Demon Turf offers the option between auto or manual camera, though the few times I tried auto, it had a tendency to shift mid-jump or while walking on a thin platform, causing me to misstep. Sometimes the camera is difficult to angle just right, especially when you’re hopping between moving or crumbling platforms around corners, and can be frustrating during combat, as you find yourself dancing around 2D enemies, trying your best to aim.
Movement can feel a little weightless and slippery, which is likely due to the floaty aesthetic of the game. While it’s great fun fluttering from platform to platform as bat-Beebz, you may find yourself stumbling off an edge, then have to panic jump in an attempt to save yourself. This could use a little fine-tuning, but is overall a pretty small gripe that I found myself adjusting to as I continued to play.
Combat is underwhelming, and sometimes a little irksome. With your main attacks being your spin (which is otherwise used to extend your glide), or your charge punch, both of which are tricky to aim and take a while to execute, leaving you relatively open to attacks. This left me frustrated and tempted to skip over battles where possible. But considering the game is not particularly combat-heavy, aside from boss battles and the occasional pathway blocked by a combat challenge, this isn’t enough to take the fun out of the overall experience.
The game focuses mostly on platforming, with some collectathon elements. Though grabbing the required items doesn’t feel like a chore as it does in a lot of other platformers. Instead, the goodies you snag feel well-spaced out and more worthwhile, as they either unlock new areas or give you the opportunity to unlock character upgrades and other bonuses.
Demon Turf offers a unique checkpoint system, where you can choose to put down flags where you see fit, so if you’re staring down a daunting task, you can plop one down before you give it a try. But the number of flags you can place per level is limited, creating a new challenge – you’ll have to be mindful of where you put them down, if you want to avoid spending the last half of the level with no checkpoints.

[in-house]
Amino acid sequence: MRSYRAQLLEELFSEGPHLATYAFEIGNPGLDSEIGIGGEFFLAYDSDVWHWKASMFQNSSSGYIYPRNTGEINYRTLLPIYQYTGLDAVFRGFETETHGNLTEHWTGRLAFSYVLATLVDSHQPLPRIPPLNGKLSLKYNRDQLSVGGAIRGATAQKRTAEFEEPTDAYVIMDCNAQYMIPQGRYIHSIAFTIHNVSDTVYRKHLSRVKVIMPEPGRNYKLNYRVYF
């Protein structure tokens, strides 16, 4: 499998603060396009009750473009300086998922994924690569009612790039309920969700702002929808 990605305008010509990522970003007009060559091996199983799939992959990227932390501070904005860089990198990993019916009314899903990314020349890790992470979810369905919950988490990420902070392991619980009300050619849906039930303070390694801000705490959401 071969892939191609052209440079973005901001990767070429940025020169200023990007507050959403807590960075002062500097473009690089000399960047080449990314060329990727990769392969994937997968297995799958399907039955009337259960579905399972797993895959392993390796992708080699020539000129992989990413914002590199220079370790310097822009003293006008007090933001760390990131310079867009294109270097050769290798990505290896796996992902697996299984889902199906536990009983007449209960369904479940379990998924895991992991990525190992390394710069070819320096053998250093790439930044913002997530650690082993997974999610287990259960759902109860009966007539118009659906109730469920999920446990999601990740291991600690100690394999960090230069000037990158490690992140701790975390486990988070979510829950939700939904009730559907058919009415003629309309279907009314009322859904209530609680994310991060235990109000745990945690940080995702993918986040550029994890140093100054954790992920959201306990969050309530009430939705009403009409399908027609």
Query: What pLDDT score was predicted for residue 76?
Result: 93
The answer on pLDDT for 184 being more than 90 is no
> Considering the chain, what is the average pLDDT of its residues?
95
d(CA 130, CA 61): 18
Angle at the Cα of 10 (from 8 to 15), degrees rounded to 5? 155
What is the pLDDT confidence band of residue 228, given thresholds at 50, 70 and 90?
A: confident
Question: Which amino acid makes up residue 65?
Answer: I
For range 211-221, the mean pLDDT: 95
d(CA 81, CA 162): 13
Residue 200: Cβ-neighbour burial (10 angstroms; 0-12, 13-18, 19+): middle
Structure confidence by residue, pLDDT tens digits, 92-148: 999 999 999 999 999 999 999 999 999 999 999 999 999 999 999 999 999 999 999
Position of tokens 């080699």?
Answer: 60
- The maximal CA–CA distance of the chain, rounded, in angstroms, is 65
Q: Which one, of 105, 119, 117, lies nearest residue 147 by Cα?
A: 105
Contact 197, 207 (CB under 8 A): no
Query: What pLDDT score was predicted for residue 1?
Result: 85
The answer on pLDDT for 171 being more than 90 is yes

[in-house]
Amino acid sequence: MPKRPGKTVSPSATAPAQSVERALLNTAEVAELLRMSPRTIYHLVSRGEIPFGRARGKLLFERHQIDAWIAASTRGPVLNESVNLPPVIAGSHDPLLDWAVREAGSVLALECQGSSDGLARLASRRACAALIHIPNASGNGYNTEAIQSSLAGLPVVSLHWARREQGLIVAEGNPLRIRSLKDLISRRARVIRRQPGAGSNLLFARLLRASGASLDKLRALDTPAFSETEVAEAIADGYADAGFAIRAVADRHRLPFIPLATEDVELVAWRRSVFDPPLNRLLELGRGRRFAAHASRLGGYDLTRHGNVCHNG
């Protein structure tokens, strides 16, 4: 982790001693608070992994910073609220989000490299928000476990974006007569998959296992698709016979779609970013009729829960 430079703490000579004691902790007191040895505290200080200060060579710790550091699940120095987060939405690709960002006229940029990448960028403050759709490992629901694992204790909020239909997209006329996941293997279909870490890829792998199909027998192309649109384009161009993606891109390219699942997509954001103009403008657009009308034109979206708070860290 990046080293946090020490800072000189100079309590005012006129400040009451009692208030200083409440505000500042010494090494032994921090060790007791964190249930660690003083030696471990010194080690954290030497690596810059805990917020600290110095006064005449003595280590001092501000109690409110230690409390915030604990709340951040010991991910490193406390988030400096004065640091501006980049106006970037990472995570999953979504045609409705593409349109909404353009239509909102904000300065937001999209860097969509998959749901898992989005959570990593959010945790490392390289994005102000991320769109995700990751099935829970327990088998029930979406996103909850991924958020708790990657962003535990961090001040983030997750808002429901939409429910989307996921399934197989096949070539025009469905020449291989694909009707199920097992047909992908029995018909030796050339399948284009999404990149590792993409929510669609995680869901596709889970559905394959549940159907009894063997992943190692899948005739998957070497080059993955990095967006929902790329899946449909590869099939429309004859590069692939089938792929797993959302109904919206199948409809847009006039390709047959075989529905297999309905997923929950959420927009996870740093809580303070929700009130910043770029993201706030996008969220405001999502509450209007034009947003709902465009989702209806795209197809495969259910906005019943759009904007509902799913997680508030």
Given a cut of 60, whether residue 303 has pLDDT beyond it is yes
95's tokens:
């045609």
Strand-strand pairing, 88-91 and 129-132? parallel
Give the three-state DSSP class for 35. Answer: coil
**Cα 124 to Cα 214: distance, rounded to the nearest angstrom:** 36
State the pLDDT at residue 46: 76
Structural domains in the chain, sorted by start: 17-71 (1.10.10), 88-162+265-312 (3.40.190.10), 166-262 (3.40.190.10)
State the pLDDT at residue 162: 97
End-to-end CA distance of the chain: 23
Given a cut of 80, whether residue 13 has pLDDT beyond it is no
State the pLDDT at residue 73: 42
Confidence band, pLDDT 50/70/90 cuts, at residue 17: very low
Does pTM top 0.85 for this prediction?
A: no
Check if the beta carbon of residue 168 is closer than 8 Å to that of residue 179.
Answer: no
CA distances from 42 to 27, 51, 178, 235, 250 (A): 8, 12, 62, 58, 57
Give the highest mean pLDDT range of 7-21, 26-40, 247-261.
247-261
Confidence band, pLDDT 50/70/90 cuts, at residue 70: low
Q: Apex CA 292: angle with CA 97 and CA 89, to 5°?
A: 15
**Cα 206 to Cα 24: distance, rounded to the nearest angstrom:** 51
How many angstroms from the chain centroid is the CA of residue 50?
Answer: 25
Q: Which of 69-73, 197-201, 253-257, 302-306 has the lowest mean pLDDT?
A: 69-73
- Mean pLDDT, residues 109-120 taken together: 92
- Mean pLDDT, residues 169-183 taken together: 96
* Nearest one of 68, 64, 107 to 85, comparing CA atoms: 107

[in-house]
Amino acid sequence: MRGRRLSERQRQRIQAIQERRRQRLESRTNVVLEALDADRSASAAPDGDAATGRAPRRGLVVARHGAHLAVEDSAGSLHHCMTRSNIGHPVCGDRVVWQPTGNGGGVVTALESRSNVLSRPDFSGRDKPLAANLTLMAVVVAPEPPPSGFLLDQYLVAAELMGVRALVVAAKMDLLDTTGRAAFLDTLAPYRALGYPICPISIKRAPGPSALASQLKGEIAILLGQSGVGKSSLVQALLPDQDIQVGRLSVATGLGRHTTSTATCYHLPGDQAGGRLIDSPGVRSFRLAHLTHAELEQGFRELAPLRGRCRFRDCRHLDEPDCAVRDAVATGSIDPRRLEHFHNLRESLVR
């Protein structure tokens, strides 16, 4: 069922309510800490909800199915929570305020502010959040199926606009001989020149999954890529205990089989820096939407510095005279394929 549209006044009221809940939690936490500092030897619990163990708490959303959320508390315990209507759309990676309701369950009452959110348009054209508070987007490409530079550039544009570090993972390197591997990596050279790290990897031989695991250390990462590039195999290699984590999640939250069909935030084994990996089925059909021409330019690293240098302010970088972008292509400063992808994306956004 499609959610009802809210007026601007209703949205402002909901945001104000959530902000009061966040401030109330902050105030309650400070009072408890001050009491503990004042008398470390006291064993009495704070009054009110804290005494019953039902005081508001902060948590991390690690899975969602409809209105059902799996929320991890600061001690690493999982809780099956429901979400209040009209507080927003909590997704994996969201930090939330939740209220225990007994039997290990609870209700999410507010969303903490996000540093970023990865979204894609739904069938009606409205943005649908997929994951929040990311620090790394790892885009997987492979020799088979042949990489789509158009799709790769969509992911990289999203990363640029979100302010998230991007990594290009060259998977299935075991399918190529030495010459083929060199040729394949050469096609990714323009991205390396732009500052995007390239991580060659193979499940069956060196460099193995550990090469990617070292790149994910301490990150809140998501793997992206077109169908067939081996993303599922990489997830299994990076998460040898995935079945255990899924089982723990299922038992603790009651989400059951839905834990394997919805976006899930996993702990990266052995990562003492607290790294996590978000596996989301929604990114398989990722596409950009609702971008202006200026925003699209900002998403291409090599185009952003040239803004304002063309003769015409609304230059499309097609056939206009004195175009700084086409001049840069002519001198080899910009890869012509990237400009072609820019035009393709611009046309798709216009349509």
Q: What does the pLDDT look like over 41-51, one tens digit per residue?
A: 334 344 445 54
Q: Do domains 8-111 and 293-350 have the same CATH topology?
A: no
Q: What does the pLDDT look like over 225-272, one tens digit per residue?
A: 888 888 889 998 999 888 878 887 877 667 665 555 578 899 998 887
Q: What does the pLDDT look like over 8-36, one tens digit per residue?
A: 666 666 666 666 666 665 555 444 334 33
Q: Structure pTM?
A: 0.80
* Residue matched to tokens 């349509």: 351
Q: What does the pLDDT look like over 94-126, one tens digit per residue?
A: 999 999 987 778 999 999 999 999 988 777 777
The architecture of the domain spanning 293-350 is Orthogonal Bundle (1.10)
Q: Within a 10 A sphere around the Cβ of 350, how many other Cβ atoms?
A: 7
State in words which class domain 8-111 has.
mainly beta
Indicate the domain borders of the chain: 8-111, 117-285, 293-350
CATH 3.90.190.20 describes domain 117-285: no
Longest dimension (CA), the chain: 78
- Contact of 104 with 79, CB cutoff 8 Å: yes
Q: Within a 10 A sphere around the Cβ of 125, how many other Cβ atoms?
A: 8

There’s plenty of visual and mechanical level variety, with loads of different settings. When a level is complete, it undergoes some pretty big changes, allowing you to go back and take on new challenges, making them truly worthwhile to revisit. There are miniature hub worlds, optional quests, games like Demon Soccer Golf, and the super fun (and addictive) Pictobox photo quest. There’s always something fresh to do, which offers some great flexibility in gameplay and prevents the main storyline from becoming stale – especially if the platforming is getting your blood pressure up.
Finally, the soundtrack. I’ve mentioned the brilliant voice acting, but the music is just as great – funky, fun, and perfectly fitting with each of the level’s themes. The sound effects are also great and well balanced, and overall bring even more life and personality to this great little title.
In conclusion, I quickly found myself falling in love with the world of Demon Turf. Though it has a few weak spots to the tune of combat and some minor control issues. It’s a fun-packed, solid platformer with heaps of personality and a huge amount of content for a small price. If you’re looking for a light-hearted challenge that calls back to the platformers of old with a modern twist, then Demon Turf on Switch is the game for you.